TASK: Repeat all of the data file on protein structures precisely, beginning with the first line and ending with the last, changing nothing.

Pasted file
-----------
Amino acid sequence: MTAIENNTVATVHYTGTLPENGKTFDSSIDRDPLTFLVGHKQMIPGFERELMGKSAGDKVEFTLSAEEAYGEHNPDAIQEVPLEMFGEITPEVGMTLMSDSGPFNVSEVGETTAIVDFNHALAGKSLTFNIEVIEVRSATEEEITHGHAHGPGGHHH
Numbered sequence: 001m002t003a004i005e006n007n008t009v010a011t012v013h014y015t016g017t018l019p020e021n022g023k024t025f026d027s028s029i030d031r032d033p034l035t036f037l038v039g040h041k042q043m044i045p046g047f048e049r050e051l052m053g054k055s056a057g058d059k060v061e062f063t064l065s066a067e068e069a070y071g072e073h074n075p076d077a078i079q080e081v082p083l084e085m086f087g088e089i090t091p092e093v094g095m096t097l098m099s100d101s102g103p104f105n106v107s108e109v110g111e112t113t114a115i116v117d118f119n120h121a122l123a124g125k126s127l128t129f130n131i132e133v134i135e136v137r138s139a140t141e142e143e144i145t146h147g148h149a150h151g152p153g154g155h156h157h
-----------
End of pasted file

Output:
Amino acid sequence: MTAIENNTVATVHYTGTLPENGKTFDSSIDRDPLTFLVGHKQMIPGFERELMGKSAGDKVEFTLSAEEAYGEHNPDAIQEVPLEMFGEITPEVGMTLMSDSGPFNVSEVGETTAIVDFNHALAGKSLTFNIEVIEVRSATEEEITHGHAHGPGGHHH
Numbered sequence: 001m002t003a004i005e006n007n008t009v010a011t012v013h014y015t016g017t018l019p020e021n022g023k024t025f026d027s028s029i030d031r032d033p034l035t036f037l038v039g040h041k042q043m044i045p046g047f048e049r050e051l052m053g054k055s056a057g058d059k060v061e062f063t064l065s066a067e068e069a070y071g072e073h074n075p076d077a078i079q080e081v082p083l084e085m086f087g088e089i090t091p092e093v094g095m096t097l098m099s100d101s102g103p104f105n106v107s108e109v110g111e112t113t114a115i116v117d118f119n120h121a122l123a124g125k126s127l128t129f130n131i132e133v134i135e136v137r138s139a140t141e142e143e144i145t146h147g148h149a150h151g152p153g154g155h156h157h